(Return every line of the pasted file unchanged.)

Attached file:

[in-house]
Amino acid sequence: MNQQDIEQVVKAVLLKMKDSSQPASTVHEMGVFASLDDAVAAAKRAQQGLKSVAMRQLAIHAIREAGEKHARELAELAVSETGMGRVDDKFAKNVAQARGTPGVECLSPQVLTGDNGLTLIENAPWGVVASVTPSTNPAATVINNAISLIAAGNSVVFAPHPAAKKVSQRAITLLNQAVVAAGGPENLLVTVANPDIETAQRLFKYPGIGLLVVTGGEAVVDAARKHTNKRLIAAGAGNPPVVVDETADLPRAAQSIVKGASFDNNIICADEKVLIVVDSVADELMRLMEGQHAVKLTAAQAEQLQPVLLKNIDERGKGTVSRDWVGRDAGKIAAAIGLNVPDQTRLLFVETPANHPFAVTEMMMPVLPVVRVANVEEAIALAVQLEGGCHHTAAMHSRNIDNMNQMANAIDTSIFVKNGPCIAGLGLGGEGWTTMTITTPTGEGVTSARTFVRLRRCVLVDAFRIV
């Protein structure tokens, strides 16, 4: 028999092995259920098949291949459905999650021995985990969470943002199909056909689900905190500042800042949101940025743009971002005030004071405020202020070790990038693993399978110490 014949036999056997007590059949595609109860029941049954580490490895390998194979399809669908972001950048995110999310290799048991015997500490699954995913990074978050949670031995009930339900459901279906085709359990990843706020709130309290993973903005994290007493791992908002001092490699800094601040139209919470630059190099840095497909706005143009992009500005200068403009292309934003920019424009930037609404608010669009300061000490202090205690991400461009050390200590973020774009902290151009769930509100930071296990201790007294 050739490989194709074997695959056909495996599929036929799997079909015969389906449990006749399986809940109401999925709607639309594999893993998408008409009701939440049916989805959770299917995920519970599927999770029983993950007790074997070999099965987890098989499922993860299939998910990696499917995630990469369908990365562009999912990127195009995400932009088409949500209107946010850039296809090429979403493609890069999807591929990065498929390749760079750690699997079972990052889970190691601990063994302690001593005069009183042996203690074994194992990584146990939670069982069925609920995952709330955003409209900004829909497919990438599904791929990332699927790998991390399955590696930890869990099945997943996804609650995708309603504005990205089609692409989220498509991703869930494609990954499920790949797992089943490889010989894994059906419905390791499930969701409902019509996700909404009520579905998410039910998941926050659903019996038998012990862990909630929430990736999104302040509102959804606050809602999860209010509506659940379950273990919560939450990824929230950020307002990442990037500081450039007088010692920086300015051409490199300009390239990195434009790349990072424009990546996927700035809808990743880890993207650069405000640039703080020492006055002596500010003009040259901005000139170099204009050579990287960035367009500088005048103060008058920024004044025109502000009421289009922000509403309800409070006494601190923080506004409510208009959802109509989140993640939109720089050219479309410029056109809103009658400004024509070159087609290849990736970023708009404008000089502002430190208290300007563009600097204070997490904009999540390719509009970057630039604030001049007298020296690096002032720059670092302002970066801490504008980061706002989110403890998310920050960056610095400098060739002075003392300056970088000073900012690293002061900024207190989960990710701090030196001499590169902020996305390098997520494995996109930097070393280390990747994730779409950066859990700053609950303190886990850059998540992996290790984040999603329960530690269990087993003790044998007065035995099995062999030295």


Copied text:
[in-house]
Amino acid sequence: MNQQDIEQVVKAVLLKMKDSSQPASTVHEMGVFASLDDAVAAAKRAQQGLKSVAMRQLAIHAIREAGEKHARELAELAVSETGMGRVDDKFAKNVAQARGTPGVECLSPQVLTGDNGLTLIENAPWGVVASVTPSTNPAATVINNAISLIAAGNSVVFAPHPAAKKVSQRAITLLNQAVVAAGGPENLLVTVANPDIETAQRLFKYPGIGLLVVTGGEAVVDAARKHTNKRLIAAGAGNPPVVVDETADLPRAAQSIVKGASFDNNIICADEKVLIVVDSVADELMRLMEGQHAVKLTAAQAEQLQPVLLKNIDERGKGTVSRDWVGRDAGKIAAAIGLNVPDQTRLLFVETPANHPFAVTEMMMPVLPVVRVANVEEAIALAVQLEGGCHHTAAMHSRNIDNMNQMANAIDTSIFVKNGPCIAGLGLGGEGWTTMTITTPTGEGVTSARTFVRLRRCVLVDAFRIV
């Protein structure tokens, strides 16, 4: 028999092995259920098949291949459905999650021995985990969470943002199909056909689900905190500042800042949101940025743009971002005030004071405020202020070790990038693993399978110490 014949036999056997007590059949595609109860029941049954580490490895390998194979399809669908972001950048995110999310290799048991015997500490699954995913990074978050949670031995009930339900459901279906085709359990990843706020709130309290993973903005994290007493791992908002001092490699800094601040139209919470630059190099840095497909706005143009992009500005200068403009292309934003920019424009930037609404608010669009300061000490202090205690991400461009050390200590973020774009902290151009769930509100930071296990201790007294 050739490989194709074997695959056909495996599929036929799997079909015969389906449990006749399986809940109401999925709607639309594999893993998408008409009701939440049916989805959770299917995920519970599927999770029983993950007790074997070999099965987890098989499922993860299939998910990696499917995630990469369908990365562009999912990127195009995400932009088409949500209107946010850039296809090429979403493609890069999807591929990065498929390749760079750690699997079972990052889970190691601990063994302690001593005069009183042996203690074994194992990584146990939670069982069925609920995952709330955003409209900004829909497919990438599904791929990332699927790998991390399955590696930890869990099945997943996804609650995708309603504005990205089609692409989220498509991703869930494609990954499920790949797992089943490889010989894994059906419905390791499930969701409902019509996700909404009520579905998410039910998941926050659903019996038998012990862990909630929430990736999104302040509102959804606050809602999860209010509506659940379950273990919560939450990824929230950020307002990442990037500081450039007088010692920086300015051409490199300009390239990195434009790349990072424009990546996927700035809808990743880890993207650069405000640039703080020492006055002596500010003009040259901005000139170099204009050579990287960035367009500088005048103060008058920024004044025109502000009421289009922000509403309800409070006494601190923080506004409510208009959802109509989140993640939109720089050219479309410029056109809103009658400004024509070159087609290849990736970023708009404008000089502002430190208290300007563009600097204070997490904009999540390719509009970057630039604030001049007298020296690096002032720059670092302002970066801490504008980061706002989110403890998310920050960056610095400098060739002075003392300056970088000073900012690293002061900024207190989960990710701090030196001499590169902020996305390098997520494995996109930097070393280390990747994730779409950066859990700053609950303190886990850059998540992996290790984040999603329960530690269990087993003790044998007065035995099995062999030295």